#amwriting is one of many go to hashtags that some feel the need to cram in one little tweet. I think this is especially true in the case of giving another blogger a shoutout. The sentiment is in the right place, but once you get into the realm of four, five or SIX hashtags sandwiched in one tweet, all I see is buy, buy, buy.

There might not be anything literally for sale, but to me it’s the same thing and turns me off from clicking further. We all know not to do this for books, why do we forget when it comes to blog posts? Maybe we don’t realize how much a hashtag stands out. I think of them like different colored lights. Very bright lights pointed directly at our eyes and the more there are, the harder it is to see what’s behind them.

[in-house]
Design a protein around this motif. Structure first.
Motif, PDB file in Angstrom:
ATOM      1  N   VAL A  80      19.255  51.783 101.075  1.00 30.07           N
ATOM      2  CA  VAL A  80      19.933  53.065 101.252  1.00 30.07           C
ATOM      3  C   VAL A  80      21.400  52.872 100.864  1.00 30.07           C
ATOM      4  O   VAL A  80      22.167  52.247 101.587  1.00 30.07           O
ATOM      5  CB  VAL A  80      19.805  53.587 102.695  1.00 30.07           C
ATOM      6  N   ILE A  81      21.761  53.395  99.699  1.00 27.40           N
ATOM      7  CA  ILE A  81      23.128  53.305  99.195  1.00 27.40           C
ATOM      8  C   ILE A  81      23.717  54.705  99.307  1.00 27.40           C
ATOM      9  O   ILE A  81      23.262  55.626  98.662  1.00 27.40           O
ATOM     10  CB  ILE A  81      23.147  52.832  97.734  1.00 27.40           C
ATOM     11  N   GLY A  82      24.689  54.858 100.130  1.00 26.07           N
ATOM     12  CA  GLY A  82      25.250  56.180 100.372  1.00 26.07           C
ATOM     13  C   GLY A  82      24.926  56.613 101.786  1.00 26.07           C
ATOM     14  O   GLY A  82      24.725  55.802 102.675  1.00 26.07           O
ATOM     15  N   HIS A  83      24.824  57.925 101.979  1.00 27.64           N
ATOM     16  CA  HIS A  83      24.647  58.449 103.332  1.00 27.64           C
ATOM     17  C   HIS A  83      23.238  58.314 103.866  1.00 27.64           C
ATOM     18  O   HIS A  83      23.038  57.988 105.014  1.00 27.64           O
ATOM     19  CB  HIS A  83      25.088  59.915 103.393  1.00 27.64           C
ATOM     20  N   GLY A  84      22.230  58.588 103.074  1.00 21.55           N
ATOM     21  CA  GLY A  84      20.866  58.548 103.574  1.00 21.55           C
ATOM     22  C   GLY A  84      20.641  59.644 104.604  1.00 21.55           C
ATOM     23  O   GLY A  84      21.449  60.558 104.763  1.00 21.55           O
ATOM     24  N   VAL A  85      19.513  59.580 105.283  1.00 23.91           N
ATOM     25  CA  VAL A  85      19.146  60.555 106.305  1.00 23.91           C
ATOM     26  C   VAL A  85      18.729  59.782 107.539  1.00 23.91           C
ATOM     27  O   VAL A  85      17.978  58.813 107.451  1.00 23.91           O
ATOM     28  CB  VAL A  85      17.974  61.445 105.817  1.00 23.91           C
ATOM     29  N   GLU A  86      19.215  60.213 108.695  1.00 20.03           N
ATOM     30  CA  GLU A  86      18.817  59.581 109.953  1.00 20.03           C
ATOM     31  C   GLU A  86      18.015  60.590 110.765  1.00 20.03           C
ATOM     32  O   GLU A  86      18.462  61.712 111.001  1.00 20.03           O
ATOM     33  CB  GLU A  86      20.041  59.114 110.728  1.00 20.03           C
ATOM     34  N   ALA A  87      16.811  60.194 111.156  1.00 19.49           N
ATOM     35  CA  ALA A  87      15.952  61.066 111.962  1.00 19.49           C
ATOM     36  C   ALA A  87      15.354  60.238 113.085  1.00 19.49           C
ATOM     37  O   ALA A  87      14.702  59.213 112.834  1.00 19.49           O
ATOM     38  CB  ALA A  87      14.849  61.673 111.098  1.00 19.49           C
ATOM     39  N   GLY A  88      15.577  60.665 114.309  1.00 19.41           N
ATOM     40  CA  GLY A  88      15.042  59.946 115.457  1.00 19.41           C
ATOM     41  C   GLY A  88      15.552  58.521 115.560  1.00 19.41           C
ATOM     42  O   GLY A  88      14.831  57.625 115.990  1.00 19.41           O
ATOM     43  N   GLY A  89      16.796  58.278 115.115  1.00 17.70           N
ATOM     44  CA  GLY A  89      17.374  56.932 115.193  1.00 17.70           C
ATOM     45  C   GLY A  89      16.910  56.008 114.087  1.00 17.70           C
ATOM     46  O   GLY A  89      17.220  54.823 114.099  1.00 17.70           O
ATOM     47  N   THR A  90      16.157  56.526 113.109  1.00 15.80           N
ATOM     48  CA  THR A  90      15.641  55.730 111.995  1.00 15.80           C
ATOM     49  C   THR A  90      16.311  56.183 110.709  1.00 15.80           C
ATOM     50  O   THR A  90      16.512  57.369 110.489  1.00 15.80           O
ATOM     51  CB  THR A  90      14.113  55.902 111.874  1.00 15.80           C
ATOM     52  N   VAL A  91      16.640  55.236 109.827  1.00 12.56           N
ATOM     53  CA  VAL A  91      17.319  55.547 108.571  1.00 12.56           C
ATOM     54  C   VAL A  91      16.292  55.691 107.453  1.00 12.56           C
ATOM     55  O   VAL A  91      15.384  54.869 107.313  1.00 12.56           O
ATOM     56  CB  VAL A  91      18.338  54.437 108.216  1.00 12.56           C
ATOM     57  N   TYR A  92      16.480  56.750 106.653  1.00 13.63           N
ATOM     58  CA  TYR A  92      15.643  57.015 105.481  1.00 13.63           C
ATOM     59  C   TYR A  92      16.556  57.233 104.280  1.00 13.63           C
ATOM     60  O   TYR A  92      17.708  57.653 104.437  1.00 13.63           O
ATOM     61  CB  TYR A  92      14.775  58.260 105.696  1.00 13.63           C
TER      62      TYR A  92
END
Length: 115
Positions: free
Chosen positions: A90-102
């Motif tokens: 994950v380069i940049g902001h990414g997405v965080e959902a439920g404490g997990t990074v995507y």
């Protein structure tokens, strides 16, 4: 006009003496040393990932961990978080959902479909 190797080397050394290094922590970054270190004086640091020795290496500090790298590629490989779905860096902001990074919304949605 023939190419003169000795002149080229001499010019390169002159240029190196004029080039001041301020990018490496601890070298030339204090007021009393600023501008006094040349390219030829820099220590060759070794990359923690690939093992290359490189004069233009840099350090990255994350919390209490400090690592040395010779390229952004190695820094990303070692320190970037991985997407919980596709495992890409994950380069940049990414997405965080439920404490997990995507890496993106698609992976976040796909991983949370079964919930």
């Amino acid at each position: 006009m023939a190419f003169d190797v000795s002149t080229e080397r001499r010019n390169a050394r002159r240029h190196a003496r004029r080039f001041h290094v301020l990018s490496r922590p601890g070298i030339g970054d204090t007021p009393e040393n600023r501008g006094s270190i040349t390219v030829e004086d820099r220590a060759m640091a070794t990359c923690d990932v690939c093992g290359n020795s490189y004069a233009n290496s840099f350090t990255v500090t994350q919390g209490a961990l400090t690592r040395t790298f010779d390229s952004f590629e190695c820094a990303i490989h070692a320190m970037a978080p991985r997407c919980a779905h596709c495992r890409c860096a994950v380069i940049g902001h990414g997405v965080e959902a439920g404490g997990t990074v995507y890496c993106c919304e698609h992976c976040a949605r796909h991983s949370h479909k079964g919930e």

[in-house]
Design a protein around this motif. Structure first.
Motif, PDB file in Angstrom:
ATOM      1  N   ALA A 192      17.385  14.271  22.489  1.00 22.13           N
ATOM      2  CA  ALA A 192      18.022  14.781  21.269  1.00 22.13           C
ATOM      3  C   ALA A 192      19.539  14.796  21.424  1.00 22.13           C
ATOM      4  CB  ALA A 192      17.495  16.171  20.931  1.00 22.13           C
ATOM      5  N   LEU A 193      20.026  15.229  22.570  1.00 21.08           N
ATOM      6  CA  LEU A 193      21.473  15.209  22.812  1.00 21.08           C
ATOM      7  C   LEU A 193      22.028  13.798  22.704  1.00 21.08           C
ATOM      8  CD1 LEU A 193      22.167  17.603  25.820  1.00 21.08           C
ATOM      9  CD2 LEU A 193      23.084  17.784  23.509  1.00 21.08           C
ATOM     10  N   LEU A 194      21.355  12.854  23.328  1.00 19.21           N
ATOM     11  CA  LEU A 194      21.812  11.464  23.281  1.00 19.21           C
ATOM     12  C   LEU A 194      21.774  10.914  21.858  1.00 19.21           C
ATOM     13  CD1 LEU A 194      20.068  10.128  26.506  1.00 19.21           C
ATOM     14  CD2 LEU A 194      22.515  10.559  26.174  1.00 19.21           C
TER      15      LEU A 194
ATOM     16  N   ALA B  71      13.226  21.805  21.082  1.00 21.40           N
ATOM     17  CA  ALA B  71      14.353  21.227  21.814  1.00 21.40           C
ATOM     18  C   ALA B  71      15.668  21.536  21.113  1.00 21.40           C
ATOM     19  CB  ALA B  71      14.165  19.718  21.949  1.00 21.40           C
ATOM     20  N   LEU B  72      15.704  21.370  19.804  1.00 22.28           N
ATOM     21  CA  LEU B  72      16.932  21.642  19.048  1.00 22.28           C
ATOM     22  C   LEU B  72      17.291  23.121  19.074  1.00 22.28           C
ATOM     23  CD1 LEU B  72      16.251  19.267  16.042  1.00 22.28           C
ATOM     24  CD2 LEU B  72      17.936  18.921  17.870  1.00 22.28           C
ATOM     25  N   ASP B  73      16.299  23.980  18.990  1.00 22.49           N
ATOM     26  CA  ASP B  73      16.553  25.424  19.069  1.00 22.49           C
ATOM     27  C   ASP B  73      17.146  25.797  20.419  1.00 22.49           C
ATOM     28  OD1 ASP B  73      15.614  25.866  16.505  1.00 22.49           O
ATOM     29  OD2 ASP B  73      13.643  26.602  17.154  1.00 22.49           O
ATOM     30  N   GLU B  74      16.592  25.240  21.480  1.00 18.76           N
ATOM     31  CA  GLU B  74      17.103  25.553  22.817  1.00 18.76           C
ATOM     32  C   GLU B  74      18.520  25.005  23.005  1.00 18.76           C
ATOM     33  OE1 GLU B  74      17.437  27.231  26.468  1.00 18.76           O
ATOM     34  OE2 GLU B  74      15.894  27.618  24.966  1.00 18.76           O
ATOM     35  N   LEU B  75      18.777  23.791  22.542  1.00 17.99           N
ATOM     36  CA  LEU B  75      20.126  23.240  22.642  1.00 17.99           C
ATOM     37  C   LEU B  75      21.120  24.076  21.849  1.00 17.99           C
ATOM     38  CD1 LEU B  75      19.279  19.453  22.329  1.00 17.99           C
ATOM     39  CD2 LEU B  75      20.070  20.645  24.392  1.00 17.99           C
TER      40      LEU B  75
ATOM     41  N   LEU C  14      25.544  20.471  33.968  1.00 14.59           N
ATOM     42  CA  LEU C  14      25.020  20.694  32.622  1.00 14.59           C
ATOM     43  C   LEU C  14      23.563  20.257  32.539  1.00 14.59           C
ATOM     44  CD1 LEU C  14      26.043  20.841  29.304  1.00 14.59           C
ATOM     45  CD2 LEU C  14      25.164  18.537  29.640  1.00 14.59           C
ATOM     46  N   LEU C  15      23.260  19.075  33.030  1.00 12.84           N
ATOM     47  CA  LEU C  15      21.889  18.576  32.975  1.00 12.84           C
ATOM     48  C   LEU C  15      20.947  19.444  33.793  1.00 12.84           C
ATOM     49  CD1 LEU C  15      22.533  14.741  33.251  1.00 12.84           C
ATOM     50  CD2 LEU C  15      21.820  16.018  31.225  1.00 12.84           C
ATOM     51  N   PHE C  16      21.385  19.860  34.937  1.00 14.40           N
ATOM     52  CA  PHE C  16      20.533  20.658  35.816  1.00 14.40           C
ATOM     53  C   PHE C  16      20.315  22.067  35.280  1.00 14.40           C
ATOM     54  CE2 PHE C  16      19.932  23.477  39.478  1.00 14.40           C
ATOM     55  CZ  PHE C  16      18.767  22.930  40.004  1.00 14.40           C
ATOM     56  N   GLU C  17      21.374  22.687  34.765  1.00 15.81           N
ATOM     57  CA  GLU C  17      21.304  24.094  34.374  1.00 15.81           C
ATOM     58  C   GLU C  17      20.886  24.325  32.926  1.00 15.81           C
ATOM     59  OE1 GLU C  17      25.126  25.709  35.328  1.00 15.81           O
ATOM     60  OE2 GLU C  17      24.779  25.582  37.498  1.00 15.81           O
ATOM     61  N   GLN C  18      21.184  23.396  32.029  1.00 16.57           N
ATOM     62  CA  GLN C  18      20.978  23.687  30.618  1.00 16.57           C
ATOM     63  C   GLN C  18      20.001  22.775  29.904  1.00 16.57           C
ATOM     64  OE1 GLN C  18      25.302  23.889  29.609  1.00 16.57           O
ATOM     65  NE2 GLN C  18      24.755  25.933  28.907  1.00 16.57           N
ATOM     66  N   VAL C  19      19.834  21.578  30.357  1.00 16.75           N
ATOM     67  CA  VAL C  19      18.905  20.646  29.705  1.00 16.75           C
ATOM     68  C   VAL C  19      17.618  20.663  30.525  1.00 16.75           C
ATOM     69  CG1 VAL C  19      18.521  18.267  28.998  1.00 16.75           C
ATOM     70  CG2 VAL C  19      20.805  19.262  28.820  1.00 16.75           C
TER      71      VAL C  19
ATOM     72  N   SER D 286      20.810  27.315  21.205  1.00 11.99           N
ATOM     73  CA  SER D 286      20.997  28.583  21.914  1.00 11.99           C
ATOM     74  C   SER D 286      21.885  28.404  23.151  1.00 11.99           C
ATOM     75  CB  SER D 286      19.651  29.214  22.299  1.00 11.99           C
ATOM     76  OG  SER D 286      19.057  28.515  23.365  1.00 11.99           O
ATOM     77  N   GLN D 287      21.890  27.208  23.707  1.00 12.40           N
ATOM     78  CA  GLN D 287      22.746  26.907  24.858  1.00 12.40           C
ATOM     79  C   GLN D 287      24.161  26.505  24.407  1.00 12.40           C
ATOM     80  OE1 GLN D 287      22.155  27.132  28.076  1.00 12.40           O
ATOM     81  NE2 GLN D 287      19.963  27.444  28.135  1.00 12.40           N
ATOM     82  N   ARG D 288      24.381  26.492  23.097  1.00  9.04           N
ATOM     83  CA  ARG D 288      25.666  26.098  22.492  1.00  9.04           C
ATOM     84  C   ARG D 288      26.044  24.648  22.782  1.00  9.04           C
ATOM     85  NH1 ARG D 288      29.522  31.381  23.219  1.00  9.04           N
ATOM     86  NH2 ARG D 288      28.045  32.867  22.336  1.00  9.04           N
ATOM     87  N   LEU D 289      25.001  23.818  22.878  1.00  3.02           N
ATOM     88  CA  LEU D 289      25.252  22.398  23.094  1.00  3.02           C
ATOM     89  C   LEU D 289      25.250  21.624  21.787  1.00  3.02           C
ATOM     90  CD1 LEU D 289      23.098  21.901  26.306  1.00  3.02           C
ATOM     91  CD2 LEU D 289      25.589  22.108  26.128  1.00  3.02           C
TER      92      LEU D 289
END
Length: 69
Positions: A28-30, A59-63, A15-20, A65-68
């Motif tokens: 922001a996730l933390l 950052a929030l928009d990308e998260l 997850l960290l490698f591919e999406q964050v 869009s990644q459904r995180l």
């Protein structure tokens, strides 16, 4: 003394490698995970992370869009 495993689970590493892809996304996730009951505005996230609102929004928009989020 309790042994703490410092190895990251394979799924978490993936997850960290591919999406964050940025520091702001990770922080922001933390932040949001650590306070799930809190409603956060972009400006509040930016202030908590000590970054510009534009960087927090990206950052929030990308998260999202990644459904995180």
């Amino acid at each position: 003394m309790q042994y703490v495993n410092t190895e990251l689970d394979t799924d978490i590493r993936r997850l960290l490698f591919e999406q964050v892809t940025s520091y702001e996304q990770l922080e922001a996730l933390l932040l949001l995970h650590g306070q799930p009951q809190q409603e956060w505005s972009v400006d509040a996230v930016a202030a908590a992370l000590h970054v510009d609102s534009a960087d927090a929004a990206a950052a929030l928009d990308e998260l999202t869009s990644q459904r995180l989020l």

According to Kristen Lamb’s Twitter Tuesday #18, she recommends using no more than THREE hashtags per tweet. And if you’re retweeting someone else’s blog, same rules apply, but you need to CHANGE the hashtags.

By working together we can spread a good blog around our networks and through popular hashtags. But if one person uses all the bright lights, there’s nothing left for anyone to use. I, personally, won’t recycle recently used hashtags because it clogs up a stream with the same link. And I don’t want to be responsible for turning off people to a good blog.